Gerace, A. et al (2013) Multidisciplinary health professionals’ assessments of risk: how are tools used to reach consensus about risk assessment and management? Journal of Psychiatric and Mental Health Nursing, 20 (6) 557-563

Hare, R.D., Hart, S.D. and Harpur, T.J. (1991) Psychopathy and DSM-IV criteria for antisocial personality disorder. Journal of Abnormal Psychology, 100, 391-398.

Gerace, A. et al (2012) Multidisciplinary health professionals' assessments of risk: how are tools used to reach consensus about risk assessment and management? Journal of Psychiatric and Mental Health Nursing. 20(6)

(**N.B. Although reading lists should include current publications, students are advised (particularly for material marked with an asterisk*) to wait until the start of session for confirmation of the most up-to-date material)

Engagement Requirements

In line with the Academic Engagement Procedure, Students are defined as academically engaged if they are regularly engaged with timetabled teaching sessions, course-related learning resources including those in the Library and on the relevant learning platform, and complete assessments and submit these on time. Please refer to the Academic Engagement Procedure at the following link: Academic engagement procedure

Where a module has Professional, Statutory or Regulatory Body requirements these will be listed here:
Engagement with the module material on the AULA VLE, including Community feed posts.

[Top of Page]

Supplemental Information

Programme BoardMental Health Nursing & IP
Assessment Results (Pass/Fail) No
Subject PanelMHN&IP L9-11
ModeratorYvonne Murray
External ExaminerN Hallett
Accreditation Details
Version Number


[Top of Page]

Assessment: (also refer to Assessment Outcomes Grids below)
Will consist of a 4,000 word critical appraisal of a situation involving a person with personality disorder for whom the student currently provides care or a service to meet the person’s needs. If for any reason the person is not currently working in a situation where they can access someone with a personality disorder a case scenario will be provided. This will be worth 100% of the final mark.
(N.B. (i) Assessment Outcomes Grids for the module (one for each component) can be found below which clearly demonstrate how the learning outcomes of the module will be assessed.
(ii) An indicative schedule listing approximate times within the academic calendar when assessment is likely to feature will be provided within the Student Handbook.)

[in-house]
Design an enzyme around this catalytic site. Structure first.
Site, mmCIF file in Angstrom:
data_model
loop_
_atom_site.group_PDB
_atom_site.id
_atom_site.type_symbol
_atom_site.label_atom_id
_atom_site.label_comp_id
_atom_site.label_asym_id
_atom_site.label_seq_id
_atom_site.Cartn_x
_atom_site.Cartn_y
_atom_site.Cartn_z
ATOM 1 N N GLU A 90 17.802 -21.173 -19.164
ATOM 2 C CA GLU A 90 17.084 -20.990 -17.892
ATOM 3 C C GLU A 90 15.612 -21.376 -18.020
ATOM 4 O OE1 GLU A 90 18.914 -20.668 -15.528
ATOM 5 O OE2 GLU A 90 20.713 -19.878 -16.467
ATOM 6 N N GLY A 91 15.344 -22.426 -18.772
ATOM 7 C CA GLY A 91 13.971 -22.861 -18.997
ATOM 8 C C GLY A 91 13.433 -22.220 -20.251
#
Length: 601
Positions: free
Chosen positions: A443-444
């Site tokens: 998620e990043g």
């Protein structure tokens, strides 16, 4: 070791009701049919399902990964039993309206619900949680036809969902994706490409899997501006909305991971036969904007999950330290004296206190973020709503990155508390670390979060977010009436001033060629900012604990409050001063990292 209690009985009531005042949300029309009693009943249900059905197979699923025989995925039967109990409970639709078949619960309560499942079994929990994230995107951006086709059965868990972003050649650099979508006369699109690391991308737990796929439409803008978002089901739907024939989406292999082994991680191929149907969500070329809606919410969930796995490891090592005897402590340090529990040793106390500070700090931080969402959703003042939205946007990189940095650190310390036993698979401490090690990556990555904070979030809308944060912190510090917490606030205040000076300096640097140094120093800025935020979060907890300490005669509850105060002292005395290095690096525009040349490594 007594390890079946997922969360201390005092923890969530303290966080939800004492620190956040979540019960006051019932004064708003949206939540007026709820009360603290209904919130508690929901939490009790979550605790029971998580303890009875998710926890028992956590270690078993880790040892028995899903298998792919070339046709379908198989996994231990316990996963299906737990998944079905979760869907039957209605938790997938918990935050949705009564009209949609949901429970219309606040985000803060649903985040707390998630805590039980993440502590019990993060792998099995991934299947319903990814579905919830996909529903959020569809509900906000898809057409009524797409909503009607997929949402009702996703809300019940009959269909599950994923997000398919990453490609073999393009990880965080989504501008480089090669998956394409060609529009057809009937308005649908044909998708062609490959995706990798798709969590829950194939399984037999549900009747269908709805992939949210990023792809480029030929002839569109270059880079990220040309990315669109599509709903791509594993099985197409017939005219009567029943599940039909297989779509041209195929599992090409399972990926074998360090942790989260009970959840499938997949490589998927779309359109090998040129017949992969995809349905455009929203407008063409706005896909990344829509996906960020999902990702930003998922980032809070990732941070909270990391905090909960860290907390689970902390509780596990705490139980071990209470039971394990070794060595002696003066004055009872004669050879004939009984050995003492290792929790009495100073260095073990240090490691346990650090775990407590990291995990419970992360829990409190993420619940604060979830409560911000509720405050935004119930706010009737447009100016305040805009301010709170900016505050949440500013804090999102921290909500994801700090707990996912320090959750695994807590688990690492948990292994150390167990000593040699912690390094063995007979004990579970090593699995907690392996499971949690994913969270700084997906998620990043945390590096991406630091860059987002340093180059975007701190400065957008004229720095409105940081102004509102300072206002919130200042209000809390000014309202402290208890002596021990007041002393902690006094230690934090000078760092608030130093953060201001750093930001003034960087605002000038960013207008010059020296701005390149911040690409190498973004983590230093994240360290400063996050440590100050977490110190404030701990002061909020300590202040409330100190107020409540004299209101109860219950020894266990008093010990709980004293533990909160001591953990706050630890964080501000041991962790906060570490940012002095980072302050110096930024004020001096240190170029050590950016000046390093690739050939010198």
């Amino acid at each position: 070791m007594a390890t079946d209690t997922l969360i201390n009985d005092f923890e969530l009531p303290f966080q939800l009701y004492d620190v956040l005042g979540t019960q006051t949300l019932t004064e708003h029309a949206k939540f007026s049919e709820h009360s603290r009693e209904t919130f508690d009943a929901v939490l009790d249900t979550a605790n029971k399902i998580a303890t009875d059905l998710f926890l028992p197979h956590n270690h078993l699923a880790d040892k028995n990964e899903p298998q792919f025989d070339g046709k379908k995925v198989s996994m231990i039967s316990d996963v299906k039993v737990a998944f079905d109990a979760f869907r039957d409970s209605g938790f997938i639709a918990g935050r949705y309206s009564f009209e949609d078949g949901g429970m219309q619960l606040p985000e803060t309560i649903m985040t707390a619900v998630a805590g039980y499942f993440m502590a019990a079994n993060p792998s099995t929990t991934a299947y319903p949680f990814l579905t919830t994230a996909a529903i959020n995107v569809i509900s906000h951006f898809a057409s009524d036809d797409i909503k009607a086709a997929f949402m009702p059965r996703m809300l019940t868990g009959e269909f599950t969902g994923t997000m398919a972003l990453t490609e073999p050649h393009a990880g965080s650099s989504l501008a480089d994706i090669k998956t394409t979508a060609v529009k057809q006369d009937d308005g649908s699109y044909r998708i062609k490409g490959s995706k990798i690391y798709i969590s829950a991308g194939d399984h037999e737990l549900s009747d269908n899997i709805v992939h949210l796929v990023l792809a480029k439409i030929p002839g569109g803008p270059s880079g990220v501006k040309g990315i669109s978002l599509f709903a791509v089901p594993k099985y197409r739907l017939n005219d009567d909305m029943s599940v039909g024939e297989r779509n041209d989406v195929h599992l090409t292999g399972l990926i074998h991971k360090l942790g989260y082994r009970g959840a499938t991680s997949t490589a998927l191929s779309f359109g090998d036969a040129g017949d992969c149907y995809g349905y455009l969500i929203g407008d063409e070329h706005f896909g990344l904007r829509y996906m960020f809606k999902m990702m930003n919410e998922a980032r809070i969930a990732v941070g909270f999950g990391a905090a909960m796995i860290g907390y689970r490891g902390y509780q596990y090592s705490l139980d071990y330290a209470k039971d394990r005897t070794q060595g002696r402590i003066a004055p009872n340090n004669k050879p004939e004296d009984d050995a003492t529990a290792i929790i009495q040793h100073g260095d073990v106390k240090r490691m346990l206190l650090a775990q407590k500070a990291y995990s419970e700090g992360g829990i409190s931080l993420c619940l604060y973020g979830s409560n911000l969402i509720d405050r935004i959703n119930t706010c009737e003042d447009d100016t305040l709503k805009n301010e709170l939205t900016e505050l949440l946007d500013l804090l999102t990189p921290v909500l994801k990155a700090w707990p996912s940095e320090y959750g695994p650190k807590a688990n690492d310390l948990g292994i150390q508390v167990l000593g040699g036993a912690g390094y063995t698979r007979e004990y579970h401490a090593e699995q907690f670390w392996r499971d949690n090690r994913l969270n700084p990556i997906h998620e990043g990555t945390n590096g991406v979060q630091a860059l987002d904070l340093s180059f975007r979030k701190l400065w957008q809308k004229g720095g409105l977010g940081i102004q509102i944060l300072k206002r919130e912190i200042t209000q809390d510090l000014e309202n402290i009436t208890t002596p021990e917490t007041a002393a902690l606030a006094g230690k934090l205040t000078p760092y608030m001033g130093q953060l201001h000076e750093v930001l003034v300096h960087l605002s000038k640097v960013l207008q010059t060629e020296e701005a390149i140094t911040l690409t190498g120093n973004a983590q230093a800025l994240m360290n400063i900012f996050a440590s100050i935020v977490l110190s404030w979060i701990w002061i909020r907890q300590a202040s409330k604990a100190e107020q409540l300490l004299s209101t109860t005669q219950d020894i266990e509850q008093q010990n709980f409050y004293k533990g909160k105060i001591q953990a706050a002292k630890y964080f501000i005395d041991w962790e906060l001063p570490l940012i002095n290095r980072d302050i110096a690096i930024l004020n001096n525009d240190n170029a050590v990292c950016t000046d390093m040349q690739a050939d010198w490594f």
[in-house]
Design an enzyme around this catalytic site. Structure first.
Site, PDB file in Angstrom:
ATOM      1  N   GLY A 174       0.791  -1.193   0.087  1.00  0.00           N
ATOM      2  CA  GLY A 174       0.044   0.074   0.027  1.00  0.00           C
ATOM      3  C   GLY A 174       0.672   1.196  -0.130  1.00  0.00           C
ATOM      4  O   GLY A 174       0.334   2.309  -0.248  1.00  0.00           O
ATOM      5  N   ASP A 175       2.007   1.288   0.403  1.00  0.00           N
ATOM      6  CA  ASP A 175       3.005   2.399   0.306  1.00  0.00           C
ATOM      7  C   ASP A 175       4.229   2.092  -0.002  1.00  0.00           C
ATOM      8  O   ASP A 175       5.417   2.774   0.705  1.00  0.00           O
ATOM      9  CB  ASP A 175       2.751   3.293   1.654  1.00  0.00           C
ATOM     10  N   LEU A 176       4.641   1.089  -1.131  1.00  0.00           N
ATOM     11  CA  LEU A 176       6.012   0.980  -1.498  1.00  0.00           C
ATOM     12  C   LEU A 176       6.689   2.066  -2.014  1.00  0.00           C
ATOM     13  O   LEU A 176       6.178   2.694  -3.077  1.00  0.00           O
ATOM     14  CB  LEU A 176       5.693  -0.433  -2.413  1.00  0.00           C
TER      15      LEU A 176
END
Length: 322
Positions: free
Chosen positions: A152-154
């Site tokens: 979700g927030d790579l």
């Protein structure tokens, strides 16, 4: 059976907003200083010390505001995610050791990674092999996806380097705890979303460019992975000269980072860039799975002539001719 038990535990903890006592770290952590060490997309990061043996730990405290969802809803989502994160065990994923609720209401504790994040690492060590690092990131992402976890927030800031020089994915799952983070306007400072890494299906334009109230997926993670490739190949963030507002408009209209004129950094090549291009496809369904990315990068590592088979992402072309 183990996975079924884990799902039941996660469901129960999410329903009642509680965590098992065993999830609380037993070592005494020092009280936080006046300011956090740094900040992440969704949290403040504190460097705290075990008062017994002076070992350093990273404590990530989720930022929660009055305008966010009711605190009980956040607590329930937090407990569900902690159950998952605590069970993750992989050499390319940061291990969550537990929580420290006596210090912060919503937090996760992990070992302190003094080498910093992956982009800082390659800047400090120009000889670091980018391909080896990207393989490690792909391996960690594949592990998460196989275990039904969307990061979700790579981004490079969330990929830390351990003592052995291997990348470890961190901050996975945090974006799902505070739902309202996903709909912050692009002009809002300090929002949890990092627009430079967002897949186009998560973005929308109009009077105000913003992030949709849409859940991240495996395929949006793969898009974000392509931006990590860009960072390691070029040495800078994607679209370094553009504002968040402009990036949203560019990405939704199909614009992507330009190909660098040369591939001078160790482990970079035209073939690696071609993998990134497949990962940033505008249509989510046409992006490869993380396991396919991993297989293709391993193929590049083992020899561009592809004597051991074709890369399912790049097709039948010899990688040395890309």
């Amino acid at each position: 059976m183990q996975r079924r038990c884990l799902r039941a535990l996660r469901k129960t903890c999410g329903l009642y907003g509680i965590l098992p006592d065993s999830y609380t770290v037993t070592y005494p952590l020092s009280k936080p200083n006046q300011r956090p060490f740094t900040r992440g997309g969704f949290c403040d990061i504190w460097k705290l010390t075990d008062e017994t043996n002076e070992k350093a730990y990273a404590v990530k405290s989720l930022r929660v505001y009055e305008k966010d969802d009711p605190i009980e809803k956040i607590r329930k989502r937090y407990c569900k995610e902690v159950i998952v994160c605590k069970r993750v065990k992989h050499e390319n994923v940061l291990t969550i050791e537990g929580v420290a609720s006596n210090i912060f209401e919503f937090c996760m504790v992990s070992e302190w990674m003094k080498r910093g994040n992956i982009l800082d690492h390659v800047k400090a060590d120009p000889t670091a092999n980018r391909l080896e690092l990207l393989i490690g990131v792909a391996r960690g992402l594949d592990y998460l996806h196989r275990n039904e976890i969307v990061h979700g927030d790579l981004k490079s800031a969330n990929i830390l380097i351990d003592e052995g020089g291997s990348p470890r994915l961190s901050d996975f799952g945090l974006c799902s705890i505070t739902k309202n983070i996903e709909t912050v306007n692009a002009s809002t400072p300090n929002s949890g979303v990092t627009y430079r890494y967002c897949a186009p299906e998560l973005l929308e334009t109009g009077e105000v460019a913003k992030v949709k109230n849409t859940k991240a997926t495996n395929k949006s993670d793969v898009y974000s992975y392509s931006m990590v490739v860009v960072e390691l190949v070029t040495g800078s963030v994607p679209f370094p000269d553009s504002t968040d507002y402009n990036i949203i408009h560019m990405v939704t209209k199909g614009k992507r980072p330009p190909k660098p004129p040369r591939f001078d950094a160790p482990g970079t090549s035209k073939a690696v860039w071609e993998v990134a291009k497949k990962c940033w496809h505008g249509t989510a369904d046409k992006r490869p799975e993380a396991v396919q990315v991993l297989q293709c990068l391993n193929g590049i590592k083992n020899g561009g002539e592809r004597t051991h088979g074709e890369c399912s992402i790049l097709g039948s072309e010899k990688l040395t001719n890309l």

Assessment Outcome Grids (Footnote A.)

Component 1
Assessment Type (Footnote B.) Learning Outcome (1) Learning Outcome (2) Learning Outcome (3) Learning Outcome (4) Learning Outcome (5) Weighting (%) of Assessment ElementTimetabled Contact Hours
Case studycheck markcheck markcheck markcheck markcheck mark1000
Combined Total For All Components100% 0 hours

A. Referred to within Assessment Section above
B. Identified in the Learning Outcome Section above

[Top of Page]

  1. More than one assessment method can be used to assess individual learning outcomes.
  2. Schools are responsible for determining student contact hours. Please refer to University Policy on contact hours (extract contained within section 10 of the Module Descriptor guidance note).
    This will normally be variable across Schools, dependent on Programmes &/or Professional requirements.

Equality and Diversity
In line with current equality legislation we strive to meet the needs of all students on this module recognising the diversity of our student population. The School of Health and Life Sciences encourages disability disclosure throughout recruitment, selection and throughout the duration of this module. Emphasis is placed on confidentiality of information.
This module has a philosophy of person centred, relationship focussed and rights and values based approaches, which inform all aspects of admission and recruitment, learning and teaching and support of students and staff through the module. The module will aim to challenge many of the stereotypes of people with personality disorder that are encountered within the health and social care system and wider society.
UWS Equality and Diversity Policy
(N.B. Every effort will be made by the University to accommodate any equality and diversity issues brought to the attention of the School)

2014 University of the West of Scotland

University of the West of Scotland is a Registered Scottish Charity.

Charity number SC002520.